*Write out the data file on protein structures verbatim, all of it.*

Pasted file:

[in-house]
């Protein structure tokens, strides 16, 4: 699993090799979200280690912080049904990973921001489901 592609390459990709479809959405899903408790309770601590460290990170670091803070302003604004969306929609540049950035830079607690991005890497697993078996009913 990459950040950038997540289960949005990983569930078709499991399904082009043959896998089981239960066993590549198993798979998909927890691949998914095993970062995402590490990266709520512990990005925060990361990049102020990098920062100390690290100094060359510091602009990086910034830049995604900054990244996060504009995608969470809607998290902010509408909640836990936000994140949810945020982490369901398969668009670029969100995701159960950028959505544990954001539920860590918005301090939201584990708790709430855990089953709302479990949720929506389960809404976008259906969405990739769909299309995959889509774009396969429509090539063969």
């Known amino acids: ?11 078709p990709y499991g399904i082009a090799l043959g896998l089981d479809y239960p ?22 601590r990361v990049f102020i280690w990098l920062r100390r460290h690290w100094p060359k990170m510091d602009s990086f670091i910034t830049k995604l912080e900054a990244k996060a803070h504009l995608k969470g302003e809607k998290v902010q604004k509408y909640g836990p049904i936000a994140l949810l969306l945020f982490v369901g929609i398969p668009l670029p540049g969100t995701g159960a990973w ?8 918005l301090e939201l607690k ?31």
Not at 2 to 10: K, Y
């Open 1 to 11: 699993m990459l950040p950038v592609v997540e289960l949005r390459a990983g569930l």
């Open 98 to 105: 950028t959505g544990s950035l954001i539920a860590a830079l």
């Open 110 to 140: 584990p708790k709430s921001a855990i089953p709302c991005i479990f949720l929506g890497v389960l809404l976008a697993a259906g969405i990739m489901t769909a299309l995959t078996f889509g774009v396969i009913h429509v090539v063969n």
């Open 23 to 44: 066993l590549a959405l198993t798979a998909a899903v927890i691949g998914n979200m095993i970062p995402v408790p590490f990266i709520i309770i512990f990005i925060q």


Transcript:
[in-house]
């Protein structure tokens, strides 16, 4: 699993090799979200280690912080049904990973921001489901 592609390459990709479809959405899903408790309770601590460290990170670091803070302003604004969306929609540049950035830079607690991005890497697993078996009913 990459950040950038997540289960949005990983569930078709499991399904082009043959896998089981239960066993590549198993798979998909927890691949998914095993970062995402590490990266709520512990990005925060990361990049102020990098920062100390690290100094060359510091602009990086910034830049995604900054990244996060504009995608969470809607998290902010509408909640836990936000994140949810945020982490369901398969668009670029969100995701159960950028959505544990954001539920860590918005301090939201584990708790709430855990089953709302479990949720929506389960809404976008259906969405990739769909299309995959889509774009396969429509090539063969």
């Known amino acids: ?11 078709p990709y499991g399904i082009a090799l043959g896998l089981d479809y239960p ?22 601590r990361v990049f102020i280690w990098l920062r100390r460290h690290w100094p060359k990170m510091d602009s990086f670091i910034t830049k995604l912080e900054a990244k996060a803070h504009l995608k969470g302003e809607k998290v902010q604004k509408y909640g836990p049904i936000a994140l949810l969306l945020f982490v369901g929609i398969p668009l670029p540049g969100t995701g159960a990973w ?8 918005l301090e939201l607690k ?31």
Not at 2 to 10: K, Y
């Open 1 to 11: 699993m990459l950040p950038v592609v997540e289960l949005r390459a990983g569930l």
């Open 98 to 105: 950028t959505g544990s950035l954001i539920a860590a830079l």
């Open 110 to 140: 584990p708790k709430s921001a855990i089953p709302c991005i479990f949720l929506g890497v389960l809404l976008a697993a259906g969405i990739m489901t769909a299309l995959t078996f889509g774009v396969i009913h429509v090539v063969n």
């Open 23 to 44: 066993l590549a959405l198993t798979a998909a899903v927890i691949g998914n979200m095993i970062p995402v408790p590490f990266i709520i309770i512990f990005i925060q």